Life after Lean

By Sabrina Natasha Premji & Afzal Habib on June 03, 2014

In May 2013, Sabrina Natasha Premji & Afzal Habib participated in +Acumen’s inaugural Lean for Social Change course based on Lean Start-Up principles. Enrollment for the next session of the Lean for Social Change course is open now. If you are working on a social issue in your community, are interested in pursuing your own social venture, or are just interested in creating an impact in this world…Register today! Sabrina & Afzal joined the course with a simple idea and the passion to transform the childcare crisis in East Africa’s informal settlements. Seven weeks later, they had developed a customer-tested business model ready to pilot in Kenya’s densest slums. Read their story below.

In 2012, while working in Kenya, we learned about a new form of childcare in East Africa’s urban slums and decided to check it out. We were welcomed into a local woman’s home, the air pungent with the smell of urine and feces. As we inched our way into the mud-walled home, desperately trying to navigate through the darkness surrounding us, Sabrina tripped over a baby lying on the ground.  Frozen, our eyes scanned the room quickly, and more shapes emerged from the unlit space.  In front of us, we saw two dozen or more infants in the congested home, all awake, but lying perfectly still. In that moment, we asked ourselves: Is there a way to offer high quality, affordable early childhood care to young children in Kenya’s informal settlements trapped in the intergenerational cycle of poverty? In the months that followed, we visited more slums to understand the extent of the problem, conversed with development practitioners and researched global best practices in early childhood care and education. Although we were committed to the idea, our thinking was often unfocused and fell second to our full-time jobs.

Enter +Acumen and the announcement that they were launching  a new course for budding social entrepreneurs.  We drafted an application including our first ever ‘business model canvas’ and a week later, we joined the 7-week course where we learned new topics via online modules, engage in weekly discussions with mentors and ‘got out of the building’ to develop, test and iterate our business model.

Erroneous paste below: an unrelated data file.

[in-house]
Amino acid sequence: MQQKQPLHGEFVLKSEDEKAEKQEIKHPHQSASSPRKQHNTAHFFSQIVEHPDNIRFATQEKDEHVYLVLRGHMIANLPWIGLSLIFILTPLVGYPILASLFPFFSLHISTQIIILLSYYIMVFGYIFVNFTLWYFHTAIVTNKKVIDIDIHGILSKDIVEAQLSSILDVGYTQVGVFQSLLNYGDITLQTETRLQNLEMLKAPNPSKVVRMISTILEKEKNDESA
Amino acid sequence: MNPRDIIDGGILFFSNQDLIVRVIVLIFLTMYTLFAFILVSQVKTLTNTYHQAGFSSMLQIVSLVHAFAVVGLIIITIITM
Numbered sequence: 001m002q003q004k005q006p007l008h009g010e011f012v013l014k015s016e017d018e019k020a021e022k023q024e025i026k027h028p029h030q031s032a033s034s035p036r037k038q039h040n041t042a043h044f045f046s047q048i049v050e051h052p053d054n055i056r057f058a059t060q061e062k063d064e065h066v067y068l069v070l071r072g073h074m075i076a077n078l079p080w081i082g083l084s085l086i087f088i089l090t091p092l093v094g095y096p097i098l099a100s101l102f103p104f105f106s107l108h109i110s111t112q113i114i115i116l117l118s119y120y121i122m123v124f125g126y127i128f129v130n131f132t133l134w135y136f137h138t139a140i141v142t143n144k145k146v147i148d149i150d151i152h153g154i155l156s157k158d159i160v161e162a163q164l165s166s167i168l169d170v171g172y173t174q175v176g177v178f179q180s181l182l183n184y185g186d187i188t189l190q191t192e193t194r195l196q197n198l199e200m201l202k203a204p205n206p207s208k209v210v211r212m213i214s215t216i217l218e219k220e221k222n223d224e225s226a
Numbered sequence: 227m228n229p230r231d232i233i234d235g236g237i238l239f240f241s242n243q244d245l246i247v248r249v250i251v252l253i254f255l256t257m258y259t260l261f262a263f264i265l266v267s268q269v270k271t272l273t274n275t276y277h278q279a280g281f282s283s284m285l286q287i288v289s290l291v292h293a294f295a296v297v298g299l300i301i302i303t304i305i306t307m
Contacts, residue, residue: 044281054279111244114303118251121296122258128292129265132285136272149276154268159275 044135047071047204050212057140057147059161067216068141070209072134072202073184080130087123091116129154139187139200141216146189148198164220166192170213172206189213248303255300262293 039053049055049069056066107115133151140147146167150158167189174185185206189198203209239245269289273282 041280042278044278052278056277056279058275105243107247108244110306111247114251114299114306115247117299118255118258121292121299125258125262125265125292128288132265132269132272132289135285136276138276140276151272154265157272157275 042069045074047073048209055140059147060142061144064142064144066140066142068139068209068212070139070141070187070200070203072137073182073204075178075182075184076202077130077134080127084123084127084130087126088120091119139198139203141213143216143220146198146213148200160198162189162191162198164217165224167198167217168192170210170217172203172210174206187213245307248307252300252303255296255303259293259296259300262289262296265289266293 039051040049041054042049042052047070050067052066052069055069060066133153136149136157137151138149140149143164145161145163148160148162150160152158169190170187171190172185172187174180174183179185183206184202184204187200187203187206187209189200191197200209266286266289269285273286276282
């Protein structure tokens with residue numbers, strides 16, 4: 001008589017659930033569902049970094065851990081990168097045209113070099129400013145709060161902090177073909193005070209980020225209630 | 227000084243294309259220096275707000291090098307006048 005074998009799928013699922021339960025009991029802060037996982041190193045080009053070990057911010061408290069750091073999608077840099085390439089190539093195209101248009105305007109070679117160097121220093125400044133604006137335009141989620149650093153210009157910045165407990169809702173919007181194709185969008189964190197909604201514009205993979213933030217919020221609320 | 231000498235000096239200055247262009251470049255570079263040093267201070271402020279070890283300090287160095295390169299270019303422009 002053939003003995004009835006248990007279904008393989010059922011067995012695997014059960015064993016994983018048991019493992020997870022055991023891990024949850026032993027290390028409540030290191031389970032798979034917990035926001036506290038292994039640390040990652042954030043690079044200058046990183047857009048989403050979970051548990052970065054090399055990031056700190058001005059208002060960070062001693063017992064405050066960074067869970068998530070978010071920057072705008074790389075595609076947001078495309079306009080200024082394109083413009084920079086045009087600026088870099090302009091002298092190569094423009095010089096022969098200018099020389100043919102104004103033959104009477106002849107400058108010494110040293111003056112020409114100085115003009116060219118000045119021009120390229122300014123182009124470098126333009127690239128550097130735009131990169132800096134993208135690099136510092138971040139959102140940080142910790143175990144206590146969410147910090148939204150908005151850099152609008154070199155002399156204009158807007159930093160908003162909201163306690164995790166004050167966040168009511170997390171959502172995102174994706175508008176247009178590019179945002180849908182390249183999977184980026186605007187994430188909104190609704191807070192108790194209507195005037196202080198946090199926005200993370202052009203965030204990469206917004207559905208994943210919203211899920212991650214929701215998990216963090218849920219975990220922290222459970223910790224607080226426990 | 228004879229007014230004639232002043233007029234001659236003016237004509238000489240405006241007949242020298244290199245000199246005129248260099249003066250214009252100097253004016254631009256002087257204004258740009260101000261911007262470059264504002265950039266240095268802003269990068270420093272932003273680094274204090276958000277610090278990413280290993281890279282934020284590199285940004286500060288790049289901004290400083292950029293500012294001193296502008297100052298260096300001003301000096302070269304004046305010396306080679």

For us, the four most valuable components of the program were:

  • Created Accountability: Prior to Lean, we only spent a few hours a week on Kidogo, doing broad brainstorming exercises and desk research. Having specific deliverables and weekly check-in meetings during the Lean course forced us to focus our limited time on our most important priorities, and ensured that every hour was spent on something that would move us forward.
  • Provided access to Mentorship & New Networks: When we began the course, we were paired with 2 mentors – Brad Rosenberg & John McKinley – with different backgrounds and experience. These mentors challenged our thinking and provided guidance throughout the course to point us in the right direction. Their advice, and often differing perspectives, were invaluable and they continue to remain actively engaged with Kidogo today as members of our Board of Advisors. In addition, we were introduced to a handful of other participants – passionate social entrepreneurs across the globe who were solving social challenges in their own communities – many of whom we are still in touch with today.
  • Moved us from Idea to Impact: Over the weeks leading up to the course, we had created many PowerPoint “decks” with ideas, models based on our assumptions & financial ratios to inform stakeholders about what were we PLANNING to do.  With a push from Bob Dorf & our mentors, we were encouraged to get out of the building, talk to customers & partners and conduct experiments to test our assumptions – effectively moving the conversation from what we were PLANNING to what we were DOING.
  • Challenged our thinking: As a result, the course challenged us to refine our business model, adapt our focus, and develop a Minimum Viable Product – a way to test our model in a low-risk and inexpensive way and gain currency with our customers. This “MVP” has grown into a full-size pilot project which will be our first early childhood development center which is slated to open its doors in August 2014.

Overall, we left the Lean for Social Change course with a refined business model and confirmation that we were really onto a viable social business.  So much so, that we decided to leave our jobs and work on Kidogo full-time, with the goal of unlocking the potential and changing the trajectories of young children living in urban slums. In short, the experience was a game-changer for us.

kddogo

 

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